Have you run into any calibration concepts you feel are worth while?
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Thanks for the reply.

I did buy 2 HCH-1000 one was dead on arrival. So I cant compare.

Sometimes I do get 3 or 4% different from my WMR-100. When
I compare the two plotted  outputs, the accuracy is there but peaks and troughs are at slightly different times.
I put this downs to the wmr-100 being in a sealed space and the
HCH-100 is in moving air.

One example I have come accross for calibration:

http://sites.google.com/site/angophora/projects/temperature-humidity-sensor

An extract is:

Calibrating the humidity sensor
The humidity sensor has a linear output and can be calibrated at two points, 0 %RH and 100 %RH.  First modify the code so that the read_humidity() function returns the counter_value by changing the last line to this  (return counter_value;).  For the 0 %RH point place the sensor in a plastic bag with several sheets of absorbant kitchen paper that have been dried in the oven for an hour.  It will take some time for the humidity to stabilize, so be sure to wait for it to stop changing.  For the 100 %RH point place some warm wet paper in a plastic bag with the sensor, taking care not to get the board or sensor wet.  Once agian it will take some time to stabalize.  When you have the two counter readings you calculate the conversion factors and change two variables in the code.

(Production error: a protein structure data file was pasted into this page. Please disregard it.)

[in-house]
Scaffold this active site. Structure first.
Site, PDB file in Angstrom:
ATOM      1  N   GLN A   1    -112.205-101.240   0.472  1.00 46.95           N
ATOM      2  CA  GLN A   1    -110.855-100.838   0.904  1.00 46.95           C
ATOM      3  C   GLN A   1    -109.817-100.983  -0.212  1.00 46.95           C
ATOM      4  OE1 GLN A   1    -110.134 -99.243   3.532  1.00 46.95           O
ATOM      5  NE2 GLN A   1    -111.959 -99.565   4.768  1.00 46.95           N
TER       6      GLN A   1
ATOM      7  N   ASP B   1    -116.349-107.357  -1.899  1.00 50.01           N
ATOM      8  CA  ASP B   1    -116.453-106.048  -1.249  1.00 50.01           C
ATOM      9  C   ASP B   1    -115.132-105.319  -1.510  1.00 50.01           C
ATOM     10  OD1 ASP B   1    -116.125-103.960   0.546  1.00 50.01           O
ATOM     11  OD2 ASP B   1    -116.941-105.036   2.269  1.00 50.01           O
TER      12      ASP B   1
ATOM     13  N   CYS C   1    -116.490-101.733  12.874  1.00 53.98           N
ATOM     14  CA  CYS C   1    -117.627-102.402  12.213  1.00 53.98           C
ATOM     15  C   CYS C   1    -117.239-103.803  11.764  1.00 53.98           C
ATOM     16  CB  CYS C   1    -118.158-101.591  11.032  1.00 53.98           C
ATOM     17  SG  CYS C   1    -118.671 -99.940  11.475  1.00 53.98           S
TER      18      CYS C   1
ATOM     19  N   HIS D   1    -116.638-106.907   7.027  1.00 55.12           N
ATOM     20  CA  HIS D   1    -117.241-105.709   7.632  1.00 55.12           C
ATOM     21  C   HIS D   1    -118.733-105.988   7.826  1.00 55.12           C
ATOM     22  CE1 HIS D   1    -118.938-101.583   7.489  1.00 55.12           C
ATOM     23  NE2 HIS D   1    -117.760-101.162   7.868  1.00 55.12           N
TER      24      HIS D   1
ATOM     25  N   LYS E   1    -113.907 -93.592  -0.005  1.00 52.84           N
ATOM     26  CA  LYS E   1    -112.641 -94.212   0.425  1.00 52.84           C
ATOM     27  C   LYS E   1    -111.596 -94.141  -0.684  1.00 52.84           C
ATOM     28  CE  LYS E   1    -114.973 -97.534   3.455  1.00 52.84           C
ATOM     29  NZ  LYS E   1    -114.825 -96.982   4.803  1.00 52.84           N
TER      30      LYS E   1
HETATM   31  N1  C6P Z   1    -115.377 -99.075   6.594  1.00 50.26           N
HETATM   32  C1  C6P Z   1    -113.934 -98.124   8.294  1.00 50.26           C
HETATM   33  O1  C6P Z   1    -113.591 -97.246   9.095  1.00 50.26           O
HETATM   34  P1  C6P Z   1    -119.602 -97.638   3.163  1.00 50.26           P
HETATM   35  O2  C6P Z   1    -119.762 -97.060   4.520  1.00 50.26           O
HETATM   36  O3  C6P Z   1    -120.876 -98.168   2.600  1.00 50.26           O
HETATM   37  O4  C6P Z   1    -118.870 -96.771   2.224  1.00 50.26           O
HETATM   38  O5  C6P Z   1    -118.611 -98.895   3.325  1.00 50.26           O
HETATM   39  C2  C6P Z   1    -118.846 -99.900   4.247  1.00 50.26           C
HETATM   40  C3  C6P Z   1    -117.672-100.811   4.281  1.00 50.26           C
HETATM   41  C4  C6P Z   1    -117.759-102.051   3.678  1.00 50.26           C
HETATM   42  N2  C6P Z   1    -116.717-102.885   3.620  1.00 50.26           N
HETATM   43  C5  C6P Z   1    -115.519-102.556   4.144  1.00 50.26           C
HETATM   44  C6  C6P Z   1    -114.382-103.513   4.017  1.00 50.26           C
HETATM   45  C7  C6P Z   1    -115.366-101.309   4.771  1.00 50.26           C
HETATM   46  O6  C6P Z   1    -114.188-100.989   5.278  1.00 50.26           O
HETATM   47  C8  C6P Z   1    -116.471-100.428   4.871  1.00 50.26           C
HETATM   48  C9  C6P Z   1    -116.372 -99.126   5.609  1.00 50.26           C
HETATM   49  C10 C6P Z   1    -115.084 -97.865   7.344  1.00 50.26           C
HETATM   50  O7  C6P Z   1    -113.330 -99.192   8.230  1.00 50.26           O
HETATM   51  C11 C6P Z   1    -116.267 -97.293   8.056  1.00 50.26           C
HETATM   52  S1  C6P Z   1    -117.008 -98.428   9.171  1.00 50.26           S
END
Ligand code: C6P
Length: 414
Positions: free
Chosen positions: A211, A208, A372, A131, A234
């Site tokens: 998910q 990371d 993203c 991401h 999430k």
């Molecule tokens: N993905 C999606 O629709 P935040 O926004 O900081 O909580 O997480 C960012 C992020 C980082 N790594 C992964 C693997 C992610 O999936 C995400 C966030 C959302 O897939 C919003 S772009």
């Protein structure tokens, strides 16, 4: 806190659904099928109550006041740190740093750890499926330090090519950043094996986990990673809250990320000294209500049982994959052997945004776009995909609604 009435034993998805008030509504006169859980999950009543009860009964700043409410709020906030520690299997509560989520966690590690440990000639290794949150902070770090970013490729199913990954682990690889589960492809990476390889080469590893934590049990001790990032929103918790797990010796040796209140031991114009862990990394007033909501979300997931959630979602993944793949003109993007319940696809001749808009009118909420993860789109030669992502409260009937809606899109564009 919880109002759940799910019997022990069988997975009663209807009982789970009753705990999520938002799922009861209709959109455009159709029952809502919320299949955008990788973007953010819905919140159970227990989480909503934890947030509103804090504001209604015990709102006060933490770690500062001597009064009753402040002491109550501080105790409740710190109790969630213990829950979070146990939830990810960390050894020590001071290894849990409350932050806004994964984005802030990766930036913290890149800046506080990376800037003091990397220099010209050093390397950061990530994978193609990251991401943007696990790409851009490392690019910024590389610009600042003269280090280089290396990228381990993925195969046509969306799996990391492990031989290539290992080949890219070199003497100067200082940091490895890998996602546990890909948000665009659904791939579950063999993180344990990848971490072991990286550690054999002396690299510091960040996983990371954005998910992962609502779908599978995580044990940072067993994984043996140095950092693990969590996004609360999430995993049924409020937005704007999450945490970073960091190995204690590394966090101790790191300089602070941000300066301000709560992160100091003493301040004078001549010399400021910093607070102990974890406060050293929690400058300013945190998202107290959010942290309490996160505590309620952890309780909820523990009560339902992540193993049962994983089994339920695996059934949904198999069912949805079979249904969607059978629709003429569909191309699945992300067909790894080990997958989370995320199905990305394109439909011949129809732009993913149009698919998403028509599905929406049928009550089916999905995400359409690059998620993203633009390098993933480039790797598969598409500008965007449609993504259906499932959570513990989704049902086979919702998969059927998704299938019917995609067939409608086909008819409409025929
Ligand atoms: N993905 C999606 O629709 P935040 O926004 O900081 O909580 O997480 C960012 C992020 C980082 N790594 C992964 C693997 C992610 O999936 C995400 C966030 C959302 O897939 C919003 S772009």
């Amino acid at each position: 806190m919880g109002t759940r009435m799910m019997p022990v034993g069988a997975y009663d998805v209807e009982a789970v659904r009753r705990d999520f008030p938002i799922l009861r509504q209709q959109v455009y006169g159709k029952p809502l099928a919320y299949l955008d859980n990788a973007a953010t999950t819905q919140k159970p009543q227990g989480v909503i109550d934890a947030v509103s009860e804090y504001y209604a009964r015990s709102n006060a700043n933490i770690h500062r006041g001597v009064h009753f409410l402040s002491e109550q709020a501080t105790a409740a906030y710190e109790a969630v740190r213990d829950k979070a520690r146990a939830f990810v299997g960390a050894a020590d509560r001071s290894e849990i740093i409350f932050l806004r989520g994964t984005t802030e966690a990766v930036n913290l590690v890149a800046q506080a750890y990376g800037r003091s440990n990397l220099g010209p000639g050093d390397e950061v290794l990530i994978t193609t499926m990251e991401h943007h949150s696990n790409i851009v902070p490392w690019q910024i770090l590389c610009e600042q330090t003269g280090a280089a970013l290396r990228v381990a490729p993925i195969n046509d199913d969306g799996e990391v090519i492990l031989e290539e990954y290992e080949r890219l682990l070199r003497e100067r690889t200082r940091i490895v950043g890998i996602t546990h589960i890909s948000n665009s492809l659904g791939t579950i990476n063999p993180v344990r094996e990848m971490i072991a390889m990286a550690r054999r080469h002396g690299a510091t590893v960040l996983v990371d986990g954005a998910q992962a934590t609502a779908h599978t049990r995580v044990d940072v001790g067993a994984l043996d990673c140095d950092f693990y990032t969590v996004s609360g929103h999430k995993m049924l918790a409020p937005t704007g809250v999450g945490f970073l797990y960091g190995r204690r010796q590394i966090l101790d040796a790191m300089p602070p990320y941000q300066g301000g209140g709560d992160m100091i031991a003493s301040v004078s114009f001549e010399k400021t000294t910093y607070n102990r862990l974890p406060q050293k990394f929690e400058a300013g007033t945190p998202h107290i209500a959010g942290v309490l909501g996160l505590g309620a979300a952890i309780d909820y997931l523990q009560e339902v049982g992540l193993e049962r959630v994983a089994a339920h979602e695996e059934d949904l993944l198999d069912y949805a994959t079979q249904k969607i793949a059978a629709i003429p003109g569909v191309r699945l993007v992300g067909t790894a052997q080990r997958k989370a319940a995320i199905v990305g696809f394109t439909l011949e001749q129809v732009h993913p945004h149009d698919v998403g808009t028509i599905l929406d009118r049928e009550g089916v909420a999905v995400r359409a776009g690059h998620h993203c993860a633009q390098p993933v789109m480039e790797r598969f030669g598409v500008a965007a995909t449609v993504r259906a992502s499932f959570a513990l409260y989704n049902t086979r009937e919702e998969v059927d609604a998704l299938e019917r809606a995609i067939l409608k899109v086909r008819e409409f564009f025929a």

I dont dare try this at the moment for fear of killing another $17.

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A calibration trick used for humidor hygrometers is to take a quantity of salt (table salt) and wet it.  The salt should not be dissolved, but very damp.  Put this in a sealed container and it will stabilize at 75% RH.

Not sure how well this tests your hygrometer that is intended for more normal environmental humidity levels, but it's cheap and easy.

-j
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In the bathroom with the shower running is 100% . So is under an outside roof while it is raining.

What allowance have you made  for voltage feed variation ,usb or battery or otherwise. They are all different on the arduino  
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Thanks for your replies.

 
Quote
Put this in a sealed container and it will stabilize at 75% RH

I appears that other salts can aslo be used:

http://www.conservationphysics.org/satslt/satsalt.php

I'm not yet brave enough to put my lone $17 sensor in a bag of salt solution.

Quote
What allowance have you made  for voltage feed variation

I have covered this problem see:

http://www.arduino.cc/cgi-bin/yabb2/YaBB.pl?num=1259616399



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Thank you, all of you. Looks like I have a reason to dust off an old project. I had found almost no calibration info before mentioning it  here.

Good luck carl47. I'd be interested to see how your project continues to develop. Thanks for sharing it with us.